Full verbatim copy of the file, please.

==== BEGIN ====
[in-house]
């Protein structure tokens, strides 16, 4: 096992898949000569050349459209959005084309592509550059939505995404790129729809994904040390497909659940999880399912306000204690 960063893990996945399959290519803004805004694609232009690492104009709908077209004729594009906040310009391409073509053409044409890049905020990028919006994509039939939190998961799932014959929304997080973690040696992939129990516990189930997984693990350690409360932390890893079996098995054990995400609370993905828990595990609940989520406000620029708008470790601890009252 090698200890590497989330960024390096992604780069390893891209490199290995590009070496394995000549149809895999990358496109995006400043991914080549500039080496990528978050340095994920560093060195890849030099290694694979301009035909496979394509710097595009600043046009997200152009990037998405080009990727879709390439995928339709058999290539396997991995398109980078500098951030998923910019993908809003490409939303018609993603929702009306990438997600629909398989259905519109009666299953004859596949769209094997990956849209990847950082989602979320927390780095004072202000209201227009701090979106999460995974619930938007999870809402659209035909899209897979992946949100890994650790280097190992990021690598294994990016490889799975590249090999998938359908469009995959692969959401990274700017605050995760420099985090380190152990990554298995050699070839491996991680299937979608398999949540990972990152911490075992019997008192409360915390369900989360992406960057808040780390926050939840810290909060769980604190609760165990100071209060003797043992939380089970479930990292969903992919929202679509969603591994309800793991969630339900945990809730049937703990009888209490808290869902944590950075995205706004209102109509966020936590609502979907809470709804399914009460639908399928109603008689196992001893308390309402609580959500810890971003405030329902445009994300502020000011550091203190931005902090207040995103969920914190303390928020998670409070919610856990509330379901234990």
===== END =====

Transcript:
[in-house]
């Protein structure tokens, strides 16, 4: 096992898949000569050349459209959005084309592509550059939505995404790129729809994904040390497909659940999880399912306000204690 960063893990996945399959290519803004805004694609232009690492104009709908077209004729594009906040310009391409073509053409044409890049905020990028919006994509039939939190998961799932014959929304997080973690040696992939129990516990189930997984693990350690409360932390890893079996098995054990995400609370993905828990595990609940989520406000620029708008470790601890009252 090698200890590497989330960024390096992604780069390893891209490199290995590009070496394995000549149809895999990358496109995006400043991914080549500039080496990528978050340095994920560093060195890849030099290694694979301009035909496979394509710097595009600043046009997200152009990037998405080009990727879709390439995928339709058999290539396997991995398109980078500098951030998923910019993908809003490409939303018609993603929702009306990438997600629909398989259905519109009666299953004859596949769209094997990956849209990847950082989602979320927390780095004072202000209201227009701090979106999460995974619930938007999870809402659209035909899209897979992946949100890994650790280097190992990021690598294994990016490889799975590249090999998938359908469009995959692969959401990274700017605050995760420099985090380190152990990554298995050699070839491996991680299937979608398999949540990972990152911490075992019997008192409360915390369900989360992406960057808040780390926050939840810290909060769980604190609760165990100071209060003797043992939380089970479930990292969903992919929202679509969603591994309800793991969630339900945990809730049937703990009888209490808290869902944590950075995205706004209102109509966020936590609502979907809470709804399914009460639908399928109603008689196992001893308390309402609580959500810890971003405030329902445009994300502020000011550091203190931005902090207040995103969920914190303390928020998670409070919610856990509330379901234990």